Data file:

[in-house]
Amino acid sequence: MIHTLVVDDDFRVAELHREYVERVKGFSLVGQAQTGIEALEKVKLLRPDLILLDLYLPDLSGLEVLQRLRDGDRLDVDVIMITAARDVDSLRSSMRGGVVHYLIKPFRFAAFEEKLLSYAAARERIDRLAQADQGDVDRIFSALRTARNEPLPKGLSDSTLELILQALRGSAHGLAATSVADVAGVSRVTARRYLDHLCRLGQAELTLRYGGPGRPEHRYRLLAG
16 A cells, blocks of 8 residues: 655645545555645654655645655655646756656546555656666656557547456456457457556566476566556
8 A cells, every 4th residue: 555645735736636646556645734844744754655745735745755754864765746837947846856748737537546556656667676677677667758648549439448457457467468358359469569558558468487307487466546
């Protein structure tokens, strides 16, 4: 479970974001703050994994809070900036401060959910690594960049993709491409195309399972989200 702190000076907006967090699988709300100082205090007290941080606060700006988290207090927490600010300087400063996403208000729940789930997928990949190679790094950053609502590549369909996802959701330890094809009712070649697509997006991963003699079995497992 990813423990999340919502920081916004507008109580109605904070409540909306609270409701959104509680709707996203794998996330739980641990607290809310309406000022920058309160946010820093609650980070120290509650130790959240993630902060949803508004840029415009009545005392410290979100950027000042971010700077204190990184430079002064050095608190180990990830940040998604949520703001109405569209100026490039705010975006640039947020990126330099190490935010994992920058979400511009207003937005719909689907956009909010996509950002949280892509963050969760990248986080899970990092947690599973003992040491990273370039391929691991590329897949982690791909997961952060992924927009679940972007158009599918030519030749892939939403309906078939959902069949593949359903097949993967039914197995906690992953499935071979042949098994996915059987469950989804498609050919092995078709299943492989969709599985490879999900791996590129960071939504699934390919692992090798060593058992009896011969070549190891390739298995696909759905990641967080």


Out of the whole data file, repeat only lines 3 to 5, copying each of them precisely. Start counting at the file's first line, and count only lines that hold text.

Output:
16 A cells, blocks of 8 residues: 655645545555645654655645655655646756656546555656666656557547456456457457556566476566556
8 A cells, every 4th residue: 555645735736636646556645734844744754655745735745755754864765746837947846856748737537546556656667676677677667758648549439448457457467468358359469569558558468487307487466546
């Protein structure tokens, strides 16, 4: 479970974001703050994994809070900036401060959910690594960049993709491409195309399972989200 702190000076907006967090699988709300100082205090007290941080606060700006988290207090927490600010300087400063996403208000729940789930997928990949190679790094950053609502590549369909996802959701330890094809009712070649697509997006991963003699079995497992 990813423990999340919502920081916004507008109580109605904070409540909306609270409701959104509680709707996203794998996330739980641990607290809310309406000022920058309160946010820093609650980070120290509650130790959240993630902060949803508004840029415009009545005392410290979100950027000042971010700077204190990184430079002064050095608190180990990830940040998604949520703001109405569209100026490039705010975006640039947020990126330099190490935010994992920058979400511009207003937005719909689907956009909010996509950002949280892509963050969760990248986080899970990092947690599973003992040491990273370039391929691991590329897949982690791909997961952060992924927009679940972007158009599918030519030749892939939403309906078939959902069949593949359903097949993967039914197995906690992953499935071979042949098994996915059987469950989804498609050919092995078709299943492989969709599985490879999900791996590129960071939504699934390919692992090798060593058992009896011969070549190891390739298995696909759905990641967080």